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Video: Will Yahoo Rock PPC Campaigns in 2015?

As you may know, Mozilla now sends users of its newest Firefox browser to Yahoo by default for search queries instead of to Google. If you're wondering how this shift might potentially affect your PPC campaigns this year, you're not alone. We've kept a close eye on search data and we'd like to fill you in on what we've learned.

Read Mark Ballard’s article on SearchEngineLand.com: Yahoo Search Losing Firefox Users Who “Switchback” To Google

Download the Q4 2014 Digital Marketing Report

VIDEO TRANSCRIPT

Craig Zagurski: Today on the RKG blog we’re going to talk about Firefox’s recent switch to Yahoo as its default search engine and how this change could impact PPC campaigns moving forward.

On December 1, 2014 Firefox released browser version 34, which replaced Google with Yahoo as its default search engine in the U.S. Marketers have kept a close eye on search data to learn exactly what a major default-search-engine shakeup like this could mean for the paid search landscape, now and in the future. So far, here are some observations.

Mozilla's release on December 1 was a soft launch, for sure, as it's evident the push to upgrade really began a week later, when the new browser’s share of all Firefox clicks increased by close to 58%. For the rest of the month, however, those clicks grew only about another 9%.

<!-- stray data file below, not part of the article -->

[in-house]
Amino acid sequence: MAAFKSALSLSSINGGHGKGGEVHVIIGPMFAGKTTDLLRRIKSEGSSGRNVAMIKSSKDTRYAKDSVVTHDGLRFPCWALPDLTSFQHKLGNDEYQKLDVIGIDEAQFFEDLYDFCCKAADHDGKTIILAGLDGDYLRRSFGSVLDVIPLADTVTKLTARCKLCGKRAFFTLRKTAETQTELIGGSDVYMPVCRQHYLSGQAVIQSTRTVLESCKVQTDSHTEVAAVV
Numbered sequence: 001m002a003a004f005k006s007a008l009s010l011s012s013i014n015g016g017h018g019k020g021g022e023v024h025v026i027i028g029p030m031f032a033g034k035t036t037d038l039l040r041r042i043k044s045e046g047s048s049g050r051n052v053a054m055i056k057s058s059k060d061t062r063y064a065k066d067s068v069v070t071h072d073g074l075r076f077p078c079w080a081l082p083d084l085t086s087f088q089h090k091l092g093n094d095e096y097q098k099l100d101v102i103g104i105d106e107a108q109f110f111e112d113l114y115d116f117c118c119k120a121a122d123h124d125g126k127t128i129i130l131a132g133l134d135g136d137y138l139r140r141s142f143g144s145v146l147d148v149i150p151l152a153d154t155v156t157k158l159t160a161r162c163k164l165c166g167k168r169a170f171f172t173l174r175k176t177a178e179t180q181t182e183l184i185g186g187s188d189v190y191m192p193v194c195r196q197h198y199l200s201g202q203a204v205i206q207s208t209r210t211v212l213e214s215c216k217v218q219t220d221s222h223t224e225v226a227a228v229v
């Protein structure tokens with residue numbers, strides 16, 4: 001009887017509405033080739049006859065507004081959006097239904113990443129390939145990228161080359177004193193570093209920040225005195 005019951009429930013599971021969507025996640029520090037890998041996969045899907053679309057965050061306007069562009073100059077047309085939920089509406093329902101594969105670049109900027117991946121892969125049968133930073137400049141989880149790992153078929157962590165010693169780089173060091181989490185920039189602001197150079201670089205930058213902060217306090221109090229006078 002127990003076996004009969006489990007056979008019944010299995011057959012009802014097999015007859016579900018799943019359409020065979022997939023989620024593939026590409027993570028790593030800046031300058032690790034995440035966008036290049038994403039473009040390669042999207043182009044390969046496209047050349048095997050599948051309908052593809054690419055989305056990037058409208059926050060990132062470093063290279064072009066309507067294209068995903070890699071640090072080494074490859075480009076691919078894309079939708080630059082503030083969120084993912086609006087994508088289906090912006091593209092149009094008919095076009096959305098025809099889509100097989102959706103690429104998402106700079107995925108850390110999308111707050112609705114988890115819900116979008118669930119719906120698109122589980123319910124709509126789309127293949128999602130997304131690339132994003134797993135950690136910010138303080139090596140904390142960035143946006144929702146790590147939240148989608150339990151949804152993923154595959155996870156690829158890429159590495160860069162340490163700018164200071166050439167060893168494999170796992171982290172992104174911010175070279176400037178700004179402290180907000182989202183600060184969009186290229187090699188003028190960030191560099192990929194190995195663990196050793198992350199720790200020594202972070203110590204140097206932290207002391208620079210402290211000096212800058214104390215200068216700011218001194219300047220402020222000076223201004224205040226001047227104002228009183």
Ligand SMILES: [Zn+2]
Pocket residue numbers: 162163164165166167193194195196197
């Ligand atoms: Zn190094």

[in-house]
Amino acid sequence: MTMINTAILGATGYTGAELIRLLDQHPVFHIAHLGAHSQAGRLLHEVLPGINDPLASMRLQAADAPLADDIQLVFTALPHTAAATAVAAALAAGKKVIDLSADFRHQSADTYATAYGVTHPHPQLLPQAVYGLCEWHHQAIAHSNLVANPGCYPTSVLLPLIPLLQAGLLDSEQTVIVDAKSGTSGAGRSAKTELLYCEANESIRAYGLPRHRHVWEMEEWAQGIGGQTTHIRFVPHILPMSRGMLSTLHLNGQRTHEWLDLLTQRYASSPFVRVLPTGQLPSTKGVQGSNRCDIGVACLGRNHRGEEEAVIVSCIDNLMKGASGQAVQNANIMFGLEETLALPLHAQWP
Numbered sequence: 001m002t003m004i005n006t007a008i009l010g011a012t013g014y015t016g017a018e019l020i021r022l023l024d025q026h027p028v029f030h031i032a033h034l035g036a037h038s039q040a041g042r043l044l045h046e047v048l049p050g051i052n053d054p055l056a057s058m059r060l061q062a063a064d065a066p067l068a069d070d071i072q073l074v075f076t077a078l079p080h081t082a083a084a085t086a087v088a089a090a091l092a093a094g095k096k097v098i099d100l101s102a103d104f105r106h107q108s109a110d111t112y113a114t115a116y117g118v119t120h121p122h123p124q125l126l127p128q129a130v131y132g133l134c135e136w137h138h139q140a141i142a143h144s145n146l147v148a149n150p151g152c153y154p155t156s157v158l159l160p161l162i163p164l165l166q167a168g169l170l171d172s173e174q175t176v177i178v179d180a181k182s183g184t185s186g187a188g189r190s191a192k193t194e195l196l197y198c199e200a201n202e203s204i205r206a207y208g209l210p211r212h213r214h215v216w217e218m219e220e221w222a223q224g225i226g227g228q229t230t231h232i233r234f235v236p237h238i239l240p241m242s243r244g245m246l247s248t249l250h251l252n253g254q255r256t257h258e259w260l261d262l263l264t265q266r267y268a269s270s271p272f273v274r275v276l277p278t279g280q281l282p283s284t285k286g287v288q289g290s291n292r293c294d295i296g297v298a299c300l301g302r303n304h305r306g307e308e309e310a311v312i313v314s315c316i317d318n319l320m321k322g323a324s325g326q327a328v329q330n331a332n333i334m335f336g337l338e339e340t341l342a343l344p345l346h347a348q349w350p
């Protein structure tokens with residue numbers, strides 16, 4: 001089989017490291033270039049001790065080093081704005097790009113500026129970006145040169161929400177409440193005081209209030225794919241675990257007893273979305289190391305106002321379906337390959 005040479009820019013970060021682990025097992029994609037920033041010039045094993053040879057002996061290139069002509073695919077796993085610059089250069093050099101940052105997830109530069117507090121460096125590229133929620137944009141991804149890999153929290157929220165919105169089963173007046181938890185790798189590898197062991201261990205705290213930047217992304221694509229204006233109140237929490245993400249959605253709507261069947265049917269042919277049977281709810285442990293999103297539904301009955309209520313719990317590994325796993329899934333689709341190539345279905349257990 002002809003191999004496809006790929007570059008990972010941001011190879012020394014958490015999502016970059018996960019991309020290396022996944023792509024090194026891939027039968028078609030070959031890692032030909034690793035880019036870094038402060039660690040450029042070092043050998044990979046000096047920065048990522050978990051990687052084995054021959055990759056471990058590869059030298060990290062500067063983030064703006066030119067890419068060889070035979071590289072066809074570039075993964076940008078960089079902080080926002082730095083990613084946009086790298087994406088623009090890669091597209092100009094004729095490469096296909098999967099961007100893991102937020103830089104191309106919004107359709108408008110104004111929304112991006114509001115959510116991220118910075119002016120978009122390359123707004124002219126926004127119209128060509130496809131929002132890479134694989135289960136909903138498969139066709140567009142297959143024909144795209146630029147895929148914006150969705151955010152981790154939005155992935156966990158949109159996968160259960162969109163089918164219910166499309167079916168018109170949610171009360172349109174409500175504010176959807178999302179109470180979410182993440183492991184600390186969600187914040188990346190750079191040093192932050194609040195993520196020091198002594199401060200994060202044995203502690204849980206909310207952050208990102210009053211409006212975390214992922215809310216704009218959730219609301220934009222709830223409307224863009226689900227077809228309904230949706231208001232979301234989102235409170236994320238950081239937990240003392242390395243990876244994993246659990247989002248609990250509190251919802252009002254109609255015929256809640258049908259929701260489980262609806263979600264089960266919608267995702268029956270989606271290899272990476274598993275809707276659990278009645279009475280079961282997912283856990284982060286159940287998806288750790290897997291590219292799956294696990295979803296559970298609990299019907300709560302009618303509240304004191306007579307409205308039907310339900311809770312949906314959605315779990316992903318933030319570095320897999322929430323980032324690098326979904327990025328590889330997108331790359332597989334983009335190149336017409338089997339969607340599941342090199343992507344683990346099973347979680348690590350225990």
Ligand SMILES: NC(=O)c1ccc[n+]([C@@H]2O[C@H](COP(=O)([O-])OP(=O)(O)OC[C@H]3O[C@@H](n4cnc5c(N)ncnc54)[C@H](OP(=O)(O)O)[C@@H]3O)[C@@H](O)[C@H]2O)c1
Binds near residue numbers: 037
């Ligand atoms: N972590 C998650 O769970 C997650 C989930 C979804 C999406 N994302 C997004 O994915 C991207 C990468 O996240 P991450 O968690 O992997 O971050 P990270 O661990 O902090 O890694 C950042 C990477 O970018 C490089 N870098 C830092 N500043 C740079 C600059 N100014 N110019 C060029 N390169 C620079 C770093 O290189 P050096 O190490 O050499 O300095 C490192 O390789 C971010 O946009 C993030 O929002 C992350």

Looking at Yahoo search data for the same time period, its share of total Firefox traffic jumped only 18% over the course of the month. And while Yahoo’s share of Firefox 34 clicks peaked at 43% on December 10, those clicks declined to 36% by the end of the year.

One reason for the falloff is that 9% of Firefox paid search clicks came from AdWords and Bing Ads search partners. But even more so, the majority of Firefox 34 users said “nuh, uh” to the switchover and promptly reverted their default search engine back to Google.

So, how will Firefox 34 affect paid search campaigns in 2015? Not very much. 2% or less of total paid search traffic will shift from Google over to Yahoo. But we may see more changes yet this year if rumors pan out about Safari making a similar default search change. Stay tuned.

Check out Mark Ballard’s article on SearchEngineLand.com (that link is just below) to learn more about why advertisers are sticking with Google search over Yahoo, as well as some predictions around the potential Safari shake-up.

Do you have any concerns about the direction of paid search? We’d love to hear about them in the comments. See you next time.

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